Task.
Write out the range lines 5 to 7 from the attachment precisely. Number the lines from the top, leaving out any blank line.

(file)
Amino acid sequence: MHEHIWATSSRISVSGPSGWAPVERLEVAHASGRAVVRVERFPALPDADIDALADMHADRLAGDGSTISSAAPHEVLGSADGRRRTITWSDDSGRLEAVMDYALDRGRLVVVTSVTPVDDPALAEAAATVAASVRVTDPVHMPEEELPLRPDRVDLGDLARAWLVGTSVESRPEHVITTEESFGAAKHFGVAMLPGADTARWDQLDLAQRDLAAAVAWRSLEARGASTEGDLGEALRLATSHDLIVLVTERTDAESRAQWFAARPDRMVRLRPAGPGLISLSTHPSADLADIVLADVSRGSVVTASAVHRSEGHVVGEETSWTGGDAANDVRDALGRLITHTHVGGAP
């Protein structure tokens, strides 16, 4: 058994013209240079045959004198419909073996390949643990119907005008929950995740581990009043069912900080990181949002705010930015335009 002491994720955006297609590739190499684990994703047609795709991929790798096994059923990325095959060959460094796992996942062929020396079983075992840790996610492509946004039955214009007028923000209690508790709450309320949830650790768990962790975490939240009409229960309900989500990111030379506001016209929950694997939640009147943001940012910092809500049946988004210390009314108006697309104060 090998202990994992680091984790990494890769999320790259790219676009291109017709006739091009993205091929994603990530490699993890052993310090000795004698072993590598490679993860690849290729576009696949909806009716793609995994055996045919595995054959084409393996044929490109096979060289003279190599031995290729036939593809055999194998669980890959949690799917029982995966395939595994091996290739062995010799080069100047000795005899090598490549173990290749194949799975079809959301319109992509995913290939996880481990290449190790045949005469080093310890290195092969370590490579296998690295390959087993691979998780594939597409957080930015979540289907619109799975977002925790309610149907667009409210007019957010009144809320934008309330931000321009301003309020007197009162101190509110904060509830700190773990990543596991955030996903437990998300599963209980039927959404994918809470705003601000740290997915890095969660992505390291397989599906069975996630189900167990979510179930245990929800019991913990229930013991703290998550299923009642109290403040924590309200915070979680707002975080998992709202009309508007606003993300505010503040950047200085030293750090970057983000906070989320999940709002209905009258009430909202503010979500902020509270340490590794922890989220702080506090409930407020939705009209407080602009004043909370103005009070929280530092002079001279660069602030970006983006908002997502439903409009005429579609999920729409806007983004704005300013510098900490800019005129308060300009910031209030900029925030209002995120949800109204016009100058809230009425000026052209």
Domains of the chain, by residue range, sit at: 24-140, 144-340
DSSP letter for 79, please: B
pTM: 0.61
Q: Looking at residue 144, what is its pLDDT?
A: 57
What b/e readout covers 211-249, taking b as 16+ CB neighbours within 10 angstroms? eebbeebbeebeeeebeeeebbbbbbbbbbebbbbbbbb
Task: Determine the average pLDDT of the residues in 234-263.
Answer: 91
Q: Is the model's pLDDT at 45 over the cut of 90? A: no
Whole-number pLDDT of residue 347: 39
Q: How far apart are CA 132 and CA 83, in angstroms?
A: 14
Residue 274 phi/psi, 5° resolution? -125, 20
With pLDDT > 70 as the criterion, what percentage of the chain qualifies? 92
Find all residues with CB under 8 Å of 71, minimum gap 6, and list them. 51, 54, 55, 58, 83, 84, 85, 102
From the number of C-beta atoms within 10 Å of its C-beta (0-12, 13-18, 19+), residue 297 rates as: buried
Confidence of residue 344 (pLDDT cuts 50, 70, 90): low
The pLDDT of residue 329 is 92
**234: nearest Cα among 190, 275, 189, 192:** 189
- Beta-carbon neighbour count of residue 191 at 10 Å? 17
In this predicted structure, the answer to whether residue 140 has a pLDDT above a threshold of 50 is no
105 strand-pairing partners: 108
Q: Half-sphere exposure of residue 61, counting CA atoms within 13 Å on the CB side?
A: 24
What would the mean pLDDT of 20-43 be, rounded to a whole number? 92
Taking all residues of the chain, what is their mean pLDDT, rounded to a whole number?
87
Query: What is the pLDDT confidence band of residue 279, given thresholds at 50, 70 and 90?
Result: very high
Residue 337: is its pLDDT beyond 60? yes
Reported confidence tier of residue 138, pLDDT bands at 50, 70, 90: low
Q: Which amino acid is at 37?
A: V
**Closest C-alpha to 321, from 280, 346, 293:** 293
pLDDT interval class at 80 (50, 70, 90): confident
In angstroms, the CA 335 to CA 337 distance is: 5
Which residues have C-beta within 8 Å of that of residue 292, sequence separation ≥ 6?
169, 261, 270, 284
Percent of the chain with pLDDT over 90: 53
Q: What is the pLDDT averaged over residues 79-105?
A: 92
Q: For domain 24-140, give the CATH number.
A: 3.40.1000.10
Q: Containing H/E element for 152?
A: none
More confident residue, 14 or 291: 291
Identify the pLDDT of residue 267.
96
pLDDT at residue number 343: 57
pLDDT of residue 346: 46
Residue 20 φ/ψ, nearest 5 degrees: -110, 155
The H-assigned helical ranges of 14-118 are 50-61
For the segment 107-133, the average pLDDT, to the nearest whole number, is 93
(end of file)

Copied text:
pTM: 0.61
Q: Looking at residue 144, what is its pLDDT?
A: 57